I am one with Spirit, God, Source, Love… and It is one with me. I am that I am and I am free! 

And yes, I forgave this past a long time ago. I could not do the work I am here to do had I not had the story that I have. I’ts all good.

Until next time, Be Fearless, Fabulous and Free!

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The Chosen Path

“Perhaps our path is not the one we are given. Perhaps our path is the one that we choose.” Mega Mind

pathMany of the kid’s movies emerging the past few years are teaching our youth that they are the creators of their reality and that they choose the direction their lives take. It is so refreshing to see that we are empowering children to make conscious choices rather than assuming someone or something else has it all planned out for them.

I remember as a child feeling like I was a pawn in God’s cruel game and that I had no choice how my life unfolded because it was all already planned for me. When people hurt me it was God’s will and part of His plan for me. The God I was taught to believe in was like the abusive parent who hurts His children and then expects to be loved even in the abuse. In my eyes, God was like my own father who would say, “I’m hurting you for your own good.”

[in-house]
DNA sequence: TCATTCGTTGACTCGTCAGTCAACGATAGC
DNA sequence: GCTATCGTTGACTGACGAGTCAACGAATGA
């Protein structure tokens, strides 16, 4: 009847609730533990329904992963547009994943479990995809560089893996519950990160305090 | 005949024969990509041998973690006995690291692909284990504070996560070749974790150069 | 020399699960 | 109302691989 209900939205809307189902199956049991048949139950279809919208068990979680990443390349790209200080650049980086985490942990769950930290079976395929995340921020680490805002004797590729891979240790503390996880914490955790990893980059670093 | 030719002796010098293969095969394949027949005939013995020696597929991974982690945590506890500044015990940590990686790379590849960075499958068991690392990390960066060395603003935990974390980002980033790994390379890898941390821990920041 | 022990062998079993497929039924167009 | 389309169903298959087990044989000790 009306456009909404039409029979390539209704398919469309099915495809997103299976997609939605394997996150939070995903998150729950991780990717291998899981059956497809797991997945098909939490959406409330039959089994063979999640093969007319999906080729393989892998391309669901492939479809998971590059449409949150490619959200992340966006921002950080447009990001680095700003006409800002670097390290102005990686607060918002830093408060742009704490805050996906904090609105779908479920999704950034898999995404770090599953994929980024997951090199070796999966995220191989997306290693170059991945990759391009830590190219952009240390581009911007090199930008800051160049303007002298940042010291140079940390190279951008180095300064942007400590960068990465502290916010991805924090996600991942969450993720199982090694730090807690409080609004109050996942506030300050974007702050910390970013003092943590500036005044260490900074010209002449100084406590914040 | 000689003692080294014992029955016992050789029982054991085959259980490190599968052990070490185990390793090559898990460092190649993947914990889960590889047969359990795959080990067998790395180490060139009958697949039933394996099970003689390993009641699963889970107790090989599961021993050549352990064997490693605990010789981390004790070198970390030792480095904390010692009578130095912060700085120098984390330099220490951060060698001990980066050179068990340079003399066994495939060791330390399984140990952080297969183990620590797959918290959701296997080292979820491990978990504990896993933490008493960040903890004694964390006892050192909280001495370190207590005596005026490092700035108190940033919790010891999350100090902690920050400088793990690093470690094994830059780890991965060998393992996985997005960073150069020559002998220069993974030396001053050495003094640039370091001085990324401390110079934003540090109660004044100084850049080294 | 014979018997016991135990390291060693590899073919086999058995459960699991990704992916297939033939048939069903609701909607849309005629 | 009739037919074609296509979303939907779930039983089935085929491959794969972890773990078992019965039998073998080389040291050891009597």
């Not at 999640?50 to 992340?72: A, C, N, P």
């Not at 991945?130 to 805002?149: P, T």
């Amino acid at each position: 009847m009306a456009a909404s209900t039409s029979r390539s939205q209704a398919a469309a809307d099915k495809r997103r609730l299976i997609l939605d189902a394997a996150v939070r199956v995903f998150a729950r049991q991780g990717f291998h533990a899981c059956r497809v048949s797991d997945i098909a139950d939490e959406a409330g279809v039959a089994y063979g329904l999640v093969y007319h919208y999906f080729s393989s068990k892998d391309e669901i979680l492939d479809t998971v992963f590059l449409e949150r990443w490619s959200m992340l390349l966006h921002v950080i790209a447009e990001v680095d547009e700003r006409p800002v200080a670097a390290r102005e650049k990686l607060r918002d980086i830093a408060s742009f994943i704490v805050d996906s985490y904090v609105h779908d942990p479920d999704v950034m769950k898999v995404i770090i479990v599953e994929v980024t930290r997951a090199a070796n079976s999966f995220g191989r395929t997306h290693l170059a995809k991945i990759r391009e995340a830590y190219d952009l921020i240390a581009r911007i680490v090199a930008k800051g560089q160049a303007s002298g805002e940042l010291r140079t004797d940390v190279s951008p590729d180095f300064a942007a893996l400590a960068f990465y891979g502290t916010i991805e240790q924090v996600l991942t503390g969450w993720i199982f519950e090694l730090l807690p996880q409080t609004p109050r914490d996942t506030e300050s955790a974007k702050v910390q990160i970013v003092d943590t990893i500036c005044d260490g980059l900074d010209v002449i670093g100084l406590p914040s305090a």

Forced obedience to a relentlessly punishing father isn’t the same as unconditional love.  It is fear disguised as love.

Now I can see that free-will-choice is our ultimate freedom and as such we are the creators, co-creators and inter-creators of our lives. Every choice we make affects every other being on the planet and in that way we are all one. As much as we try to separate ourselves from ourselves as creators, and separate ourselves from each other, we cannot. Even when we give blame or credit to someone or something else, even God, we are all still creating. We are all choosing the direction our lives take, individually as well as collectively.

We are the creators of our reality and our paths are the paths we choose.